Bull kelp (Nereocystis luetkeana) forms dense marine forests that provide protective habitat for many species of fish and invertebrates, including salmon and herring. Kelp also fixes carbon and makes it available for a wide range of grazers and decomposers in the marine food web.

More kelp biology...

Bull kelp plants consist of a base or holdfast, a long stem or stipe (3-20 m) that ends in a bulb or float. Extending from this bulb are many, long blades that produce and release spores (from sori or reproductive patches). Like an annual plant in the garden, bull kelp lives for only one season in this large (sporophyte) form. It matures in late spring to summer and is washed away by storms following the release of its sori. Spores germinate into microscopic forms (male and female gametophytes) that release gametes. Following fertilization, a new sporophyte generation begins in winter to restart the annual cycle.

Collaborative Bull Kelp Restoration Research Project:

Despite their high reproductive capacity, bull kelp beds have been in steady decline in central Strait of Georgia, including Lambert Channel and Baynes Sound in recent decades. Heavy grazing pressure from sea urchins and exceptionally warm water conditions are major factors in the reduction of bull kelp beds locally.

In 2011 the Nile Creek Enhancement Society started a kelp project to investigate this phenomenon bull-kep-map-of-sitesand to see what could be done to stop this decline. The project initially focused on bull kelp bed restoration through physical seeded line outplanting at the experimental culture site (Maude Reef, Hornby Island) and habitat monitoring and scientific data collection there and at a natural bull kelp bed (reference site at south Denman Island).

In 2015, the work was focused on the factors limiting the distribution of bull kelp (Nereocystis luetkeana) beds in Lambert Channel and Baynes Sound, a critical nearshore habitat for refuge and feeding of juvenile salmon. A significant database was diversified and expanded on kelp performance under varying conditions at several study sites (including temperature, light intensity, salinity, pH, turbidity and chlorophyll; and under grazing pressure from various herbivore species).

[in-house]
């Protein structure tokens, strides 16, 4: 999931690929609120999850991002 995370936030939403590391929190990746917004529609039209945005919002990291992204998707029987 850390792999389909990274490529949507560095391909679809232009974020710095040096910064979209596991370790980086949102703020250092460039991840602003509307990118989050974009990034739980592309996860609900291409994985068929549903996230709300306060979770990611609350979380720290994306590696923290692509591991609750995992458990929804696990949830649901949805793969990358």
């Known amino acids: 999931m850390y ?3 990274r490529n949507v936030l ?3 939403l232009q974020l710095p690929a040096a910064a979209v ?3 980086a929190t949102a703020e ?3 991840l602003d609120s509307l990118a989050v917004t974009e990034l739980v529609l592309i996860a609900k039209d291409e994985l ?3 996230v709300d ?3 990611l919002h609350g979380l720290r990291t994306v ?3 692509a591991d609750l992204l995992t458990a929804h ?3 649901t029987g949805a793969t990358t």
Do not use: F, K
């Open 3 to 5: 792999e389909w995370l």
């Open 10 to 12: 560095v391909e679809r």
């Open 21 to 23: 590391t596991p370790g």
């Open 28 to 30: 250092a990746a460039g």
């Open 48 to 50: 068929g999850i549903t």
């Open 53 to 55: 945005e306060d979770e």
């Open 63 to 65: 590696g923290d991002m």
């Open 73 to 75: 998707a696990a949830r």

In 2016, with support from Pacific Salmon Foundation’s Salish Sea Marine Survival Project, the project was expanded through a collaboration of Project Watershed Society, Nile Creek Enhancement Society and Simon Fraser University by adding sites in northern Baynes Sound, Royston and Cape Lazo shoal, as well as kelp mapping and developmental biology research at SFU. Kelp sporelings from two parent stocks (Campbell River and Sansum Narrows in the S Gulf Islands) were planted and monitored regularly at each of the experimental sites. Data collection was also increased to provide information on the possible barriers to natural recruitment, ecologial interactions and ways to improve restoration methods. In addition to Onset® data loggers for temperature and light intensity at the sites, we used a multi-parameter sonde to collect further environmental data at intervals during the growing season. Project Watershed Directors Bill Heath and Dan Bowen were involved in this effort as was the PW Newt, Project Watershed’s boat, which was used for sori collection (2015) at Campbell River and Sansum Narrows; and for genetic sampling in 2016.

A further collaboration with a US university has involved collection of genetic samples from kelp beds in the Strait of Georgia for inclusion in a population genetics study of bull kelp from California to Alaska. From these research efforts we are improving our understanding of factors limiting bull kelp distribution and how to restore this important nearshore habitat in local coastal waters.

Planting and Monitoring Procedures

The experimental kelp gear (3 anchors and 2 grow-lines between them) is lowered to the bottom from the dive boat. Seeded twine from the spools wraps on the culture lines as they are deployed. Divers inspect the sites regularly, taking observations on growth and survival and collecting environmental data.

Check out the story about this in the new issue of PSF’s Salmon Steward magazine that has a lead article on the Kelp Restoration Project.